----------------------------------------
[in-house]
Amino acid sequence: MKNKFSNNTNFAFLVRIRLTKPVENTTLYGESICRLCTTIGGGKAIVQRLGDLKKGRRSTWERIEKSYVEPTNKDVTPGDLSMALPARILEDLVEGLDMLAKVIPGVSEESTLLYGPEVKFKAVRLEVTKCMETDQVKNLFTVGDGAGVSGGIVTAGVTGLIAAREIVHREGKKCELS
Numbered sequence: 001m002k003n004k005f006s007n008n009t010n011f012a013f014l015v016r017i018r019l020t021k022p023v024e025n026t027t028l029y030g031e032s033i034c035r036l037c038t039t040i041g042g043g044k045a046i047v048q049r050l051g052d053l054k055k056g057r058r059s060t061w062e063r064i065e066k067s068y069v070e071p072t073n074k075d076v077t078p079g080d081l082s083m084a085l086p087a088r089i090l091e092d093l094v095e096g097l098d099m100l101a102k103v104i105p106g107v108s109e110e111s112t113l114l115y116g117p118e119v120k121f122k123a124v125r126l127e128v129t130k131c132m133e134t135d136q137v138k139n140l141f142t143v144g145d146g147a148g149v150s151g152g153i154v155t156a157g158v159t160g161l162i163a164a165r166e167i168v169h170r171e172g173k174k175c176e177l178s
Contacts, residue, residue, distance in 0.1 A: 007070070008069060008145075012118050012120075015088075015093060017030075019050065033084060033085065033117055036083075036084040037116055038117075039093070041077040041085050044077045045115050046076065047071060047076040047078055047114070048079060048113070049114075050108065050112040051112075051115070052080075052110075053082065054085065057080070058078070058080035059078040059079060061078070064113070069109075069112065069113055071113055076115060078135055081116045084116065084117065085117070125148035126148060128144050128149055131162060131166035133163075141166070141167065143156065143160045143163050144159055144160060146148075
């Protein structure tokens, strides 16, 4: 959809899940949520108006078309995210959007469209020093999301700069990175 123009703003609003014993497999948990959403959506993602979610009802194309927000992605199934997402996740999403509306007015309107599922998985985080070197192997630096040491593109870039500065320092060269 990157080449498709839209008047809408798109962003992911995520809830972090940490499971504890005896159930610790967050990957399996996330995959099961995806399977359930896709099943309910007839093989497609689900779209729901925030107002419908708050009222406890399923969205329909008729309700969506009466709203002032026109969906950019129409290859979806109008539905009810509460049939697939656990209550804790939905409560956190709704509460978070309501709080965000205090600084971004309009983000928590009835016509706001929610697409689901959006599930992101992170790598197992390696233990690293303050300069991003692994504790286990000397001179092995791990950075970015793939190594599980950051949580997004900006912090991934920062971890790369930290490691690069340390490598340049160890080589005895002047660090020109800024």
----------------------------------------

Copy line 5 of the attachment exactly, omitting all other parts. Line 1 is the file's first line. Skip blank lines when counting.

């Protein structure tokens, strides 16, 4: 959809899940949520108006078309995210959007469209020093999301700069990175 123009703003609003014993497999948990959403959506993602979610009802194309927000992605199934997402996740999403509306007015309107599922998985985080070197192997630096040491593109870039500065320092060269 990157080449498709839209008047809408798109962003992911995520809830972090940490499971504890005896159930610790967050990957399996996330995959099961995806399977359930896709099943309910007839093989497609689900779209729901925030107002419908708050009222406890399923969205329909008729309700969506009466709203002032026109969906950019129409290859979806109008539905009810509460049939697939656990209550804790939905409560956190709704509460978070309501709080965000205090600084971004309009983000928590009835016509706001929610697409689901959006599930992101992170790598197992390696233990690293303050300069991003692994504790286990000397001179092995791990950075970015793939190594599980950051949580997004900006912090991934920062971890790369930290490691690069340390490598340049160890080589005895002047660090020109800024």